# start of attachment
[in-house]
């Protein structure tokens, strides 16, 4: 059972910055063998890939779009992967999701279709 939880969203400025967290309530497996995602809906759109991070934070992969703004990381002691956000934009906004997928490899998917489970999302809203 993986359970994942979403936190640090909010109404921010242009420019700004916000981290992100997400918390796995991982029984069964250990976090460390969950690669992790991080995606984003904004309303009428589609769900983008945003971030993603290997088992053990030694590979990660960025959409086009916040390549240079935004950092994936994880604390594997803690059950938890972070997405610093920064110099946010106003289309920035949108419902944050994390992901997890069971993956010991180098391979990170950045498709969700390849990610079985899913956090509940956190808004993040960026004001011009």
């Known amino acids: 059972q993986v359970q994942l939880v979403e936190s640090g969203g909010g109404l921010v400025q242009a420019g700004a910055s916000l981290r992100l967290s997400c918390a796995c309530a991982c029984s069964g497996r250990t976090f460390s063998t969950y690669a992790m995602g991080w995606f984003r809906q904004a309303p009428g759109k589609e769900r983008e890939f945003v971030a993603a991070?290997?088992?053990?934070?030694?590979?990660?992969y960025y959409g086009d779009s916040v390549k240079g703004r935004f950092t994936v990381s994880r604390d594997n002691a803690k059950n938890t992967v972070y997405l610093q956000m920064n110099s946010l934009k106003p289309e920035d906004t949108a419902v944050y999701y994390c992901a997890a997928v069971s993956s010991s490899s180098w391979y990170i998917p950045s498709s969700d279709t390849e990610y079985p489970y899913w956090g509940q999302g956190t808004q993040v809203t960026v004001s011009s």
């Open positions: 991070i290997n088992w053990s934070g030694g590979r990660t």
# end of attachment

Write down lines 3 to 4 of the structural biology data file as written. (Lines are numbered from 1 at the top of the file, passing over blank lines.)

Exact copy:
């Known amino acids: 059972q993986v359970q994942l939880v979403e936190s640090g969203g909010g109404l921010v400025q242009a420019g700004a910055s916000l981290r992100l967290s997400c918390a796995c309530a991982c029984s069964g497996r250990t976090f460390s063998t969950y690669a992790m995602g991080w995606f984003r809906q904004a309303p009428g759109k589609e769900r983008e890939f945003v971030a993603a991070?290997?088992?053990?934070?030694?590979?990660?992969y960025y959409g086009d779009s916040v390549k240079g703004r935004f950092t994936v990381s994880r604390d594997n002691a803690k059950n938890t992967v972070y997405l610093q956000m920064n110099s946010l934009k106003p289309e920035d906004t949108a419902v944050y999701y994390c992901a997890a997928v069971s993956s010991s490899s180098w391979y990170i998917p950045s498709s969700d279709t390849e990610y079985p489970y899913w956090g509940q999302g956190t808004q993040v809203t960026v004001s011009s």
């Open positions: 991070i290997n088992w053990s934070g030694g590979r990660t």